Mission to Paris Flunks the Plausibility Test

Mission to Paris (2013)
Alan Furst
Random House 9780812981827
* *

The spy genre and I haven’t been on particularly good terms since a youthful foray into the novels of Ian Fleming. Although they made for good movies and TV, I don’t think much of John le Carré or Len Deighton as writers and, for my money, Tom Clancy was a hack. Glowing reviews of Alan Furst sent me to Mission to Paris, but I’m afraid I fail to see the appeal.

Mission to Paris is set in late 1938, just after the Munich Agreement and roughly 18 months before France fell to the Nazis and Adolf Hitler danced a jig in front of the Eifel Tower. Paris was already awash with German agents that were officially members of the friendship-building Comité France-Allemagne, but were in truth a third column spy ring and hit squad that disposed of troublesome enemies and double agents. For reasons never entirely explained or made plausible, an amiable second-tier Hollywood actor, Fredric Stahl, is dispatched to Paris to make a joint U.S.-French movie. For even less uncertain reasons, the German high command decides that the Austrian-born Stahl would aid their propaganda efforts. Stahl finds the Germans repulsive and just wants to make his movie and go back to Hollywood, but it soon becomes clear that one only refuses at one’s own peril. What ensues is a dangerous game in which the reluctant Stahl finds himself a pawn moved by sanguinary Nazis, German resistance fighters, and an officially neutral American diplomatic corps that unofficially think Stahl would make a good courier.

Really? Stahl is a charming man, but he’s an intellectual lightweight, a social gadfly, and a man who plays dashing figures that are quite unlike his private self. It’s hard to see why anyone would think him useful, but we soon have him on a train to Berlin to hand out awards at a Berlin Nazi propaganda film festival that just happens to coincide with Kristallnacht. Furst’s novel is filled with such unlikely contrivances and several others that border on silliness worthy of a Hollywood caper film. One of these involves a Polish count, Janos Polanyi, and a shoot-out with Nazis that plays like a European version of The Gang That Couldn’t Shoot Straight. I’m not sure I buy Stahl’s romance with dowdy German émigré Renate Steiner either.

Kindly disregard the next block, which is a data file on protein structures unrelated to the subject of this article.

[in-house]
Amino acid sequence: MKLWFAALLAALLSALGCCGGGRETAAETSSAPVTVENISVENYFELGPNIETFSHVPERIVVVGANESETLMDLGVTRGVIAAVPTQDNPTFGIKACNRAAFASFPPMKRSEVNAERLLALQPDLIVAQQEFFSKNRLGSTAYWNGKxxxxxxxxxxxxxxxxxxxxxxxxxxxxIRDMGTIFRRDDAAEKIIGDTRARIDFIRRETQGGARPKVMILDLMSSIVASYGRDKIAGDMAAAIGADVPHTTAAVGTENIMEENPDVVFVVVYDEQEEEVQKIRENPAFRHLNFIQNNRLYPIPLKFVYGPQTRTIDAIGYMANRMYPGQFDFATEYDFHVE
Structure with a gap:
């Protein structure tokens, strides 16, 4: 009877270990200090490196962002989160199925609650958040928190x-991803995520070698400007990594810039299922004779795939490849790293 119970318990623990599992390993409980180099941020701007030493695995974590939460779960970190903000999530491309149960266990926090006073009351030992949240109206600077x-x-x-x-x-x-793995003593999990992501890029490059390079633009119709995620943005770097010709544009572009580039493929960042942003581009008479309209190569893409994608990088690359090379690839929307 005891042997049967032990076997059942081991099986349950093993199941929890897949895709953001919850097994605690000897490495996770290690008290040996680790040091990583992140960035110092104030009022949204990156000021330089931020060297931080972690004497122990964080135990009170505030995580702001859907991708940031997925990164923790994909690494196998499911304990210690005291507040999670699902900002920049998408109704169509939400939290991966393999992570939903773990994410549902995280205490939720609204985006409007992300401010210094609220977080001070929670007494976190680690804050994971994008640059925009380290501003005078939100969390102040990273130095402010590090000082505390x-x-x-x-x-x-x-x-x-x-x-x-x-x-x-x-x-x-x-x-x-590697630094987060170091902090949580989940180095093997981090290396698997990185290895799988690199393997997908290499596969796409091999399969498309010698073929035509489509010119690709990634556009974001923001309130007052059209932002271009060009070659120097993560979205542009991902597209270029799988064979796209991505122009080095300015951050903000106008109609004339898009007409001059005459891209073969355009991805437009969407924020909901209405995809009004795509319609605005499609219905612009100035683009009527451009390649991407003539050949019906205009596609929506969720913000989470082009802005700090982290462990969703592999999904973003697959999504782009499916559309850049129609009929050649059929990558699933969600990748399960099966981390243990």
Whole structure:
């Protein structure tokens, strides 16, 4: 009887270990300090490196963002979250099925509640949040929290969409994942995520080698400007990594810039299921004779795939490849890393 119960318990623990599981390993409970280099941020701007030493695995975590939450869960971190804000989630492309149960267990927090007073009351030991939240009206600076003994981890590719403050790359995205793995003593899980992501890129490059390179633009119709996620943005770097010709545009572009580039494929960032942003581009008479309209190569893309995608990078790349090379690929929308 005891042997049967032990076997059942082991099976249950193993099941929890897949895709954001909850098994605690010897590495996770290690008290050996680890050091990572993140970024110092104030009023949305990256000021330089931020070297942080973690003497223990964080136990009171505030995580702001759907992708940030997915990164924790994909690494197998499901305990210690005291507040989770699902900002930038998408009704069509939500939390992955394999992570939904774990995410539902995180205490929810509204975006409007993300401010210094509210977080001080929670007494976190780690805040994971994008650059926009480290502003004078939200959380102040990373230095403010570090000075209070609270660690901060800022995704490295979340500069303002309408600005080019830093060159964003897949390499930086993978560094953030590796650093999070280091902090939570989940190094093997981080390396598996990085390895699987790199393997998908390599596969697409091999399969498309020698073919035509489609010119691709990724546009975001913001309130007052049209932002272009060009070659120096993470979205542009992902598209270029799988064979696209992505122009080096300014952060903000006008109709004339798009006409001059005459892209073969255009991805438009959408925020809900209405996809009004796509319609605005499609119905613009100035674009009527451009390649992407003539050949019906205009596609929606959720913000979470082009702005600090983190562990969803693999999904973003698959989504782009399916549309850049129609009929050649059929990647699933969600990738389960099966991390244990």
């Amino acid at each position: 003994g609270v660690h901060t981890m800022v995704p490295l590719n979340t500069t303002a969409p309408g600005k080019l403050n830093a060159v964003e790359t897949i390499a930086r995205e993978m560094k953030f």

Furst does have a good eye for detail; his descriptions of Europe on the brink of cataclysm are quite chilling. In like fashion, Paris comes off as if its residents are crowded into a tense speakeasy in which everyone lives in the moment knowing that a raid is imminent. Furst’s skill at depicting private turmoil and collective anxiety often evokes comparisons to Graham Greene, but these are–like most reviews of this novel–grandiose and overblown. Furst paints lush backgrounds but populates them with cardboard figures unworthy of inhabiting such spaces. Color me underwhelmed.
Rob Weir

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